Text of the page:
III. Gravestone Substitutes

R. Moshe Feinstein (Iggeros Moshe, Yoreh De’ah 4:57) implicitly disagrees with R. Weiss. He was asked whether someone who does not know where his parents are buried is still obligated to erect a gravestone, perhaps at an empty plot in a cemetery. After discussing and rejecting various prooftexts, R. Feinstein concludes that there is no basis to obligate a child to erect a gravestone in such a situation. His discussion assumes that erecting a gravestone without a buried body in the grave is permissible, implicitly ruling against the Rambam or interpreting his position differently.

R. Feinstein proceeds to deciding the most appropriate way to memorialize a deceased relative whose burial site is unknown, making a crucial distinction. A gravestone without a grave gives honor to no one. And if we cannot directly honor the deceased among the dead, we should honor him among the living. Therefore, R. Feinstein suggests, a child should erect in honor of the deceased a building–or donate partially to a building–that will be used for educational or charity purposes. Let his name be remembered as enhancing religious lives.

IV. Museums and Monuments

We see three methods for memorializing the dead, each appropriate in different circumstances:

  1. We place a monument, a gravestone, near the burial place for the sake of the deceased’s soul
  2. For the righteous, we place a gravestone at the burial place for the benefit of visitors
  3. Elsewhere, a monument is either forbidden (R. Weiss) or inappropriate (R. Feinstein). Instead, we build educational or charitable institutions.

A 9/11 monument, listing the names of the deceased, is appropriate for the site where some remains still rest. It is a burial site, a grave for individuals and for the nation that mourns them. Some of the buried may qualify as righteous, whether as victims of a vicious attack or would-be saviors, rushing to assist the injured. The monument commemorates the fallen and allows us to pray for them and for ourselves.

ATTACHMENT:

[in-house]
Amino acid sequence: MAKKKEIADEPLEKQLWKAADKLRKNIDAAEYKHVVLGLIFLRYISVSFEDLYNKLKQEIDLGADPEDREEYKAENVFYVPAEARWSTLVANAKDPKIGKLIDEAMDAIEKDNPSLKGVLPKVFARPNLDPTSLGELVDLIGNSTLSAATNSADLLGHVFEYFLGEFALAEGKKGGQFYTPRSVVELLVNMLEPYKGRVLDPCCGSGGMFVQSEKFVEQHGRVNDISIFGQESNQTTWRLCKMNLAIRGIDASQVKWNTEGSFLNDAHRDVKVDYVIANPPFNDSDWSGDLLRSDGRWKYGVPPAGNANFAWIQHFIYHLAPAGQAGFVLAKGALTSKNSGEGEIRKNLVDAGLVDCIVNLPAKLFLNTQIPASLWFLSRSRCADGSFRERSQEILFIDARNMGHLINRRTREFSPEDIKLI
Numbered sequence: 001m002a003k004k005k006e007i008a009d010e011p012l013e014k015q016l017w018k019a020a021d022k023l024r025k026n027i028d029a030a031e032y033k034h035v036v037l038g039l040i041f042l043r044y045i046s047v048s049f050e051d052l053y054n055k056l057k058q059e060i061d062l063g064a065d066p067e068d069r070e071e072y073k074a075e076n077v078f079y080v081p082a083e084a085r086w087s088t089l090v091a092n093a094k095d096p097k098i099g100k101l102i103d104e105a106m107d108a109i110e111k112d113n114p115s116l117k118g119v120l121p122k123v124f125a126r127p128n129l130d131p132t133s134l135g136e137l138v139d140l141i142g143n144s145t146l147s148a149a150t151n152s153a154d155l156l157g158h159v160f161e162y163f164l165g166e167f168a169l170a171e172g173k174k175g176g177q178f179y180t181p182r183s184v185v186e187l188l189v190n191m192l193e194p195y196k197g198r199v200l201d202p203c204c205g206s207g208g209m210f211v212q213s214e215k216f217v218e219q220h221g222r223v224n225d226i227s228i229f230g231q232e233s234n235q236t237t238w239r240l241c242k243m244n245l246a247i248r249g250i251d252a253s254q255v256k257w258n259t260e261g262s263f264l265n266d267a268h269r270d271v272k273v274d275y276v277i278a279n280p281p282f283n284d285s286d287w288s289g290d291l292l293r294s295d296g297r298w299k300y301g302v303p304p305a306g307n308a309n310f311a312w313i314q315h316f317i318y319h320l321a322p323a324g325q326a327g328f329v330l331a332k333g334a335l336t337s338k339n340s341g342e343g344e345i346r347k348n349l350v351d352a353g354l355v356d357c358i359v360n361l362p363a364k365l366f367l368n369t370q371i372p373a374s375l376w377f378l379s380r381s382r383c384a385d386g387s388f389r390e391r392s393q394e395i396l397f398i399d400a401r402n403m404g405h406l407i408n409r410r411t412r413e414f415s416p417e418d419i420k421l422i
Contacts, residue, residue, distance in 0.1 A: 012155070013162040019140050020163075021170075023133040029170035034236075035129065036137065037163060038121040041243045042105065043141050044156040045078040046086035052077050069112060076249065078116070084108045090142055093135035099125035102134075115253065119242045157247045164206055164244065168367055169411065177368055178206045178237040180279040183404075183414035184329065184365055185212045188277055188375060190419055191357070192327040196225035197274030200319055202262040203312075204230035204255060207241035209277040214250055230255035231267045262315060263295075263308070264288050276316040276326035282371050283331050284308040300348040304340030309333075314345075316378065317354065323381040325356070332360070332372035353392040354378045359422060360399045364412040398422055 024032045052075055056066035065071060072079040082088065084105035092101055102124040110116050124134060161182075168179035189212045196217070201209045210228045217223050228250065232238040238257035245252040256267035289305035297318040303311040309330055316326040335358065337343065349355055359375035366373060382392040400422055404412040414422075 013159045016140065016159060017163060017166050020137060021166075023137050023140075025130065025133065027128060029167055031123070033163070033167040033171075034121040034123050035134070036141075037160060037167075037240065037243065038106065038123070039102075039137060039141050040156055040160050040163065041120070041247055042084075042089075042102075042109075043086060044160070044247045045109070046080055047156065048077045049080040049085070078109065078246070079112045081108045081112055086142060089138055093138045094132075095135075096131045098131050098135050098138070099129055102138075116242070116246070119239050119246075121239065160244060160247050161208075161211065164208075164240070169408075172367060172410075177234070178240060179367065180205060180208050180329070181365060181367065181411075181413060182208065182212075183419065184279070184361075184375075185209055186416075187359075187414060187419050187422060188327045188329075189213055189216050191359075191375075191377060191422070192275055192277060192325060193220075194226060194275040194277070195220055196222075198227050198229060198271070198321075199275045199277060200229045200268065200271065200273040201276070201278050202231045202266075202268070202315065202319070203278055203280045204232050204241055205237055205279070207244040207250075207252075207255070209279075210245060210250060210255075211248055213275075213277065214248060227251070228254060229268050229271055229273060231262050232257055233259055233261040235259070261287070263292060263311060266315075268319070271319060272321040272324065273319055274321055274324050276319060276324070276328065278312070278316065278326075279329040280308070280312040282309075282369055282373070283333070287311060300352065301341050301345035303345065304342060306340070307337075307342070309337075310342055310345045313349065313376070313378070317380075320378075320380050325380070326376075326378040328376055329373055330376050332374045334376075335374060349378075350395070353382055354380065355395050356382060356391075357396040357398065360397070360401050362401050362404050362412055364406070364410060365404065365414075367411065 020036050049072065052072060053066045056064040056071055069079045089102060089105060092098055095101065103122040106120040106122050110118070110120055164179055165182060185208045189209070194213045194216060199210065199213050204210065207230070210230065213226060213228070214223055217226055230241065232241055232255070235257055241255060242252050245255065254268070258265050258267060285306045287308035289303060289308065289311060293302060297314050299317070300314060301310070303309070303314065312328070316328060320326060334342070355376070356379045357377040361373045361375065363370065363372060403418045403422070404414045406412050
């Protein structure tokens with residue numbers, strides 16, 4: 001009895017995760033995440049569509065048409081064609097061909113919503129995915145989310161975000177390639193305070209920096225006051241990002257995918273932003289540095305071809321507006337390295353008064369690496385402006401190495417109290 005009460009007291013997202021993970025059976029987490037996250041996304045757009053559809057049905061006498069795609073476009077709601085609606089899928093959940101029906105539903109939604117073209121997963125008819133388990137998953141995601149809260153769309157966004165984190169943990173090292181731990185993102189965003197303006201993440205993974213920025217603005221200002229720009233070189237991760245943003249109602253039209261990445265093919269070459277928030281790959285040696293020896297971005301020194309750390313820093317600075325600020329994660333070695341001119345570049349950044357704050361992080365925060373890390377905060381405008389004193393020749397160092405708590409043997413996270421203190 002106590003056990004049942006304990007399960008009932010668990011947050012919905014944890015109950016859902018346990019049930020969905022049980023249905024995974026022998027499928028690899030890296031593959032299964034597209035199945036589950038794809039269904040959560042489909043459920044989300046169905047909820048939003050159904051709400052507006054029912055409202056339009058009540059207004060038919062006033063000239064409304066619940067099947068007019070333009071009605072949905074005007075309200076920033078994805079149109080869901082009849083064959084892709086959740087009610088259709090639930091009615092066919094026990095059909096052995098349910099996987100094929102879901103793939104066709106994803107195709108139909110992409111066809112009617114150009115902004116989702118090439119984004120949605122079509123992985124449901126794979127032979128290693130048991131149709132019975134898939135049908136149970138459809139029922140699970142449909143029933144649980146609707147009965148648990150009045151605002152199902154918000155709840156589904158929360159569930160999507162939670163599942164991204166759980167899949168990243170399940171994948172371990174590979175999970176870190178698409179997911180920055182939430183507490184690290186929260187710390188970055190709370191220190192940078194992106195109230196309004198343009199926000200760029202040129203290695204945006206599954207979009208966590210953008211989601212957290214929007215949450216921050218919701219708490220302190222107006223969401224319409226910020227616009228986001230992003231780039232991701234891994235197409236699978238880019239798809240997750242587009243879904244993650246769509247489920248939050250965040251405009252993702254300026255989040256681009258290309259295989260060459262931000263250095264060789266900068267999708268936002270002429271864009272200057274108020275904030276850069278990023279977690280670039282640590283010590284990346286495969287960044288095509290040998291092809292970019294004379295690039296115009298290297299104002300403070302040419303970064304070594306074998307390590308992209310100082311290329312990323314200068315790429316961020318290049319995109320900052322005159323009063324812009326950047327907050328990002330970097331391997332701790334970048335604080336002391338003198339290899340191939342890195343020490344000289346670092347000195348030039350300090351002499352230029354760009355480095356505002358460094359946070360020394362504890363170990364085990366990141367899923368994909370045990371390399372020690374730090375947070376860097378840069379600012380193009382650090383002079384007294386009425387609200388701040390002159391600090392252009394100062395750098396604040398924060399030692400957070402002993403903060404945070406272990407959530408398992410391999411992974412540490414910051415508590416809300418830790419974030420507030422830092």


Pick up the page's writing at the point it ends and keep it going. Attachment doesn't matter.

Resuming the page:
If a graveside monument is impossible, an educational institution–including a museum–is a proper additional commemoration. It should not be a place to merely revisit the tragedy. As an educational institution, this museum must teach the lessons of 9/11. To me, those lessons are about patriotism, bravery and selflessness. When I think of 9/11, I think of firefighters rushing to the scene to help. I see Abe Zelmanowitz, from my neighborhood, who stayed behind to help his quadriplegic colleague. And I think of the remarkable national unity that followed the tragedy. Teaching those lessons to a future generation would be a fitting commemoration of the martyrs of 9/11.

(reposted from Oct ’14)



1I am certain some people will expect a discussion here of whether kohanim may enter the memorial. I do not know and am not willing to rely on news reports.
2See also Minchas Elazar 3:37.

About Gil Student

Rabbi Gil Student is the Editor of, a leading website on Orthodox Jewish scholarly subjects, and the Book Editor of the Orthodox Union’s Jewish Action magazine. He writes a popular column on issues of Jewish law and thought featured in newspapers and magazines, including The Jewish Link, The Jewish Echo and The Vues. In the past, he has served as the President of the small Jewish publisher Yashar Books and as the Managing Editor of OU Press. Rabbi Student currently is serving his third term on the Executive Committee of the Rabbinical Council of America and also serves as the Director of the Halacha Commission of the Rabbinical Alliance of America. He serves on the Editorial Board of Jewish Action magazineand the Board of OU Press. He has published four English books, the most recent titled Search Engine volume 2: Finding Meaning in Jewish Texts -- Jewish Leadership, and served as the American editor for Morasha Kehillat Yaakov: Essays in Honour of Chief Rabbi Lord Jonathan Sacks.